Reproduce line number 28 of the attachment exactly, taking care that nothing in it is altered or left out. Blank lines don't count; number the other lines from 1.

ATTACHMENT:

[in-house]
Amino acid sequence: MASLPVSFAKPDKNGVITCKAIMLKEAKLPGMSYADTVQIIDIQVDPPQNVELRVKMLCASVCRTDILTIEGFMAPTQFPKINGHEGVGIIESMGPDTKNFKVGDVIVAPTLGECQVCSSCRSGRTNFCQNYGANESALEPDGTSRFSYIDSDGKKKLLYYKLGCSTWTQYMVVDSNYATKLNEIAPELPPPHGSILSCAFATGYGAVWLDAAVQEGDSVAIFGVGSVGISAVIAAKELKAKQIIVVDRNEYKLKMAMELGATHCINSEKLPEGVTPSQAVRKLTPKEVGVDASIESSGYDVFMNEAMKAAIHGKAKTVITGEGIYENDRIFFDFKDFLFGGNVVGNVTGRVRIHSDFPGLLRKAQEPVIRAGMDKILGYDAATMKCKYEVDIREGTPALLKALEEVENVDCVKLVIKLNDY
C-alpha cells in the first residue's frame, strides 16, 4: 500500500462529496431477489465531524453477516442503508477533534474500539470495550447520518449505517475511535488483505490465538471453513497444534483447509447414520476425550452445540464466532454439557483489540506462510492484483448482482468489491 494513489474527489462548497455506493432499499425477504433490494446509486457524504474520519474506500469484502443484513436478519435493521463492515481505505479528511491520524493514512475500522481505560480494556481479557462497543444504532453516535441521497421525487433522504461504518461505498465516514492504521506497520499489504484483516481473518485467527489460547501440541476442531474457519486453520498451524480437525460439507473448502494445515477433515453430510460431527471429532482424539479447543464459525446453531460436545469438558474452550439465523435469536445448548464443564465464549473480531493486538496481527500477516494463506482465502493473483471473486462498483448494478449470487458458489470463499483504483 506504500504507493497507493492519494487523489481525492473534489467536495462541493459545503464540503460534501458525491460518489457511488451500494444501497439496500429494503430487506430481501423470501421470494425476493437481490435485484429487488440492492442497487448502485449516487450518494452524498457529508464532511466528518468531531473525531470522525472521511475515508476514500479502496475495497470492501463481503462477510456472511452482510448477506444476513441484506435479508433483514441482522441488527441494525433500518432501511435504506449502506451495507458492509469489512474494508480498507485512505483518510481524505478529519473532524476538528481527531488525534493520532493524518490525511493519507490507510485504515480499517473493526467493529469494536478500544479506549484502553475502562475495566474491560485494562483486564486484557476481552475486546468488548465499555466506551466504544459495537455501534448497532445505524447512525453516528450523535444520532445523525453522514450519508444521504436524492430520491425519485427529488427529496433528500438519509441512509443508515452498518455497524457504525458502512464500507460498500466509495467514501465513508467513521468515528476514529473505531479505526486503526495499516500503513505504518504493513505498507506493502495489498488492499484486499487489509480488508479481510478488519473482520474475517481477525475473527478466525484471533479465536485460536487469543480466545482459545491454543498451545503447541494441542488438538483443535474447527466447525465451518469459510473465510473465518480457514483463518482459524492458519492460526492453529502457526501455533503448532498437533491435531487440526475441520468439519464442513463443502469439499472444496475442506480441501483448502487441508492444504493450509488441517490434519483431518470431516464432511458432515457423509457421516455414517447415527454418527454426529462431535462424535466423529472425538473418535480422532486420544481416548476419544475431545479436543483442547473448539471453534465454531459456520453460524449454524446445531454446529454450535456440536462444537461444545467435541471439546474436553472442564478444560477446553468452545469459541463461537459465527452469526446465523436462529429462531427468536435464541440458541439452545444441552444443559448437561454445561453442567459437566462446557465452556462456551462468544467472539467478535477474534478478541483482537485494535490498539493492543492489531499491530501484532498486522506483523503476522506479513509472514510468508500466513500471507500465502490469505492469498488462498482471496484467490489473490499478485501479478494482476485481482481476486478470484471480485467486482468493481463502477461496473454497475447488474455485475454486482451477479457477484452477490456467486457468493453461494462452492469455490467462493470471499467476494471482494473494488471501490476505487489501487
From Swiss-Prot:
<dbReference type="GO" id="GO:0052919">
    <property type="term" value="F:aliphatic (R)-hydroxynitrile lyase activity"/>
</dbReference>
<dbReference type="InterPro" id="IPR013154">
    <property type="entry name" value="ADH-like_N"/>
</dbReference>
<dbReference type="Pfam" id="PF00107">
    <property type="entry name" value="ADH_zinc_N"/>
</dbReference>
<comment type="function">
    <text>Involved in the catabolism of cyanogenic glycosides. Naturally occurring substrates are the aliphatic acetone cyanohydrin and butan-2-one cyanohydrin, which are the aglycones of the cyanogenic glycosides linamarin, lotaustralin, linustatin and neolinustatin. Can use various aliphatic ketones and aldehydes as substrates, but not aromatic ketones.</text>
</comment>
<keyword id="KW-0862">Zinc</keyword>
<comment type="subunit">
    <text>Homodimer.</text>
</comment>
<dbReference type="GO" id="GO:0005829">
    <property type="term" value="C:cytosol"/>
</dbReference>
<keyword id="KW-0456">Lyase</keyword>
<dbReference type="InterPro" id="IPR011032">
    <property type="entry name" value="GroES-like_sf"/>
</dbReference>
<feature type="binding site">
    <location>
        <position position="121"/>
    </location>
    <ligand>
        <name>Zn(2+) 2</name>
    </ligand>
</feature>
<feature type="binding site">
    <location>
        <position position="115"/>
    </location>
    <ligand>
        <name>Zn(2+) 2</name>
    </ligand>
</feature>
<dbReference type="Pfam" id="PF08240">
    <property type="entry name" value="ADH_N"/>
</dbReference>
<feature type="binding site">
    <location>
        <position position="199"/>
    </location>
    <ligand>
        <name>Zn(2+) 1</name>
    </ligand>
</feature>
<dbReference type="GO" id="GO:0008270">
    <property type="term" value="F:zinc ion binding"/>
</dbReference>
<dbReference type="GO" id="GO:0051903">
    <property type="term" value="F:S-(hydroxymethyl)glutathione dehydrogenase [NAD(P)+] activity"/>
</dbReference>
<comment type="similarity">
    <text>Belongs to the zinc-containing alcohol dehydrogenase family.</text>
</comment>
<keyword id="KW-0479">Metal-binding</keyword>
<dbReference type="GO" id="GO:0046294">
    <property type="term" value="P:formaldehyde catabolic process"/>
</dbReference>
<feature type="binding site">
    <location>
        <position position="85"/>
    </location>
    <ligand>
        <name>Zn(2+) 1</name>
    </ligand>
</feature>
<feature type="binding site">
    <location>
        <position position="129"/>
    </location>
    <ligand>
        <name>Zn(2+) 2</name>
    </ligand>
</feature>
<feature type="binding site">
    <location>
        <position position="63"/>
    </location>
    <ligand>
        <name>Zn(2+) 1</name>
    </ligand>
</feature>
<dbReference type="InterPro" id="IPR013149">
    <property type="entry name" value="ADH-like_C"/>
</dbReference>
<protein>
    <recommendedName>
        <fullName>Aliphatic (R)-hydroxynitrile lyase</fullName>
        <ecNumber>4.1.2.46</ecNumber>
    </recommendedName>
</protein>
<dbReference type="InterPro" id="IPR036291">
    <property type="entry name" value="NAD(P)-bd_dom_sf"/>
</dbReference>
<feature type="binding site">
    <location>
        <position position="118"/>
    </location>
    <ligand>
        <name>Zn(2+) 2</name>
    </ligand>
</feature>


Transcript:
<feature type="binding site">